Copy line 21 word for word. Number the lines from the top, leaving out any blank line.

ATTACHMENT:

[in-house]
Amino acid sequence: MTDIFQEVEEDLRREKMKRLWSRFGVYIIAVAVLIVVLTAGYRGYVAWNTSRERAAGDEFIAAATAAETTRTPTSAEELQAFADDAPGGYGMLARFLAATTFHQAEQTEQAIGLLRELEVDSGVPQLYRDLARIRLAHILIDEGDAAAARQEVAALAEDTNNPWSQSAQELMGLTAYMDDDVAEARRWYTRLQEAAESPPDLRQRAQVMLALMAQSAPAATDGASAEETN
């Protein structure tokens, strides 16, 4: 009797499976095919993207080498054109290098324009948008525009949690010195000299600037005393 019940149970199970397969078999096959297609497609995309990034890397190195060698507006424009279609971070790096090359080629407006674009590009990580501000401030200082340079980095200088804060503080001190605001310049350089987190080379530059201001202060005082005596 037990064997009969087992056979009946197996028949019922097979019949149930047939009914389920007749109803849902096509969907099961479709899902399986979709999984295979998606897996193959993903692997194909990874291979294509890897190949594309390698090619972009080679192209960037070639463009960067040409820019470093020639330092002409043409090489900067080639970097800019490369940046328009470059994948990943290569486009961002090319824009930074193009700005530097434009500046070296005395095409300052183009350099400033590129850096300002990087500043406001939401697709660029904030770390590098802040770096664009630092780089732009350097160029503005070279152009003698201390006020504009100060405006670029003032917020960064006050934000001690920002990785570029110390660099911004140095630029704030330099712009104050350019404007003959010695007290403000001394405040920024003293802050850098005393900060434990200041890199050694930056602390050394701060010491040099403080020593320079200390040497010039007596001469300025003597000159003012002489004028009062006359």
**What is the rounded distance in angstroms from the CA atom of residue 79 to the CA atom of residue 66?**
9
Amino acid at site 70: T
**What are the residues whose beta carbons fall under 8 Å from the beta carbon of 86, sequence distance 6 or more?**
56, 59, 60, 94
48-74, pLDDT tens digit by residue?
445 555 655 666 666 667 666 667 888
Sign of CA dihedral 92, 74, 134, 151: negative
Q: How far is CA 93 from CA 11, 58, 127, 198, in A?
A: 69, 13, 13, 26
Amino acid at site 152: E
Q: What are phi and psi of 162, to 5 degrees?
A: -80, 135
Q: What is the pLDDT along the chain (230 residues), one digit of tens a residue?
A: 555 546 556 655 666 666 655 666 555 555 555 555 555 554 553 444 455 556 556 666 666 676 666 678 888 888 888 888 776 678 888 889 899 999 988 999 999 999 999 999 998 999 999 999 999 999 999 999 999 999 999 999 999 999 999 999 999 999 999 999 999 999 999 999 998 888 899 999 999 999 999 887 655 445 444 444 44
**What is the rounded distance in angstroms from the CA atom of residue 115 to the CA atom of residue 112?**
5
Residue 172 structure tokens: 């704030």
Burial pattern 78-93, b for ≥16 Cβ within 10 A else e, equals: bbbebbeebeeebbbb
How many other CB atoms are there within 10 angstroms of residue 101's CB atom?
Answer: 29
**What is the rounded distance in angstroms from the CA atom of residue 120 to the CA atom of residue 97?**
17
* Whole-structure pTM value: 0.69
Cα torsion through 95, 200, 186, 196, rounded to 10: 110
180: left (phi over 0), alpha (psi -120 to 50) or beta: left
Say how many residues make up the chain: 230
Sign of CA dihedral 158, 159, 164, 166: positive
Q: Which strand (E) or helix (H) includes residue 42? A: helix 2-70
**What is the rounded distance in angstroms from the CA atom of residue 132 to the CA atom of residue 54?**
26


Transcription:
Residue 172 structure tokens: 């704030």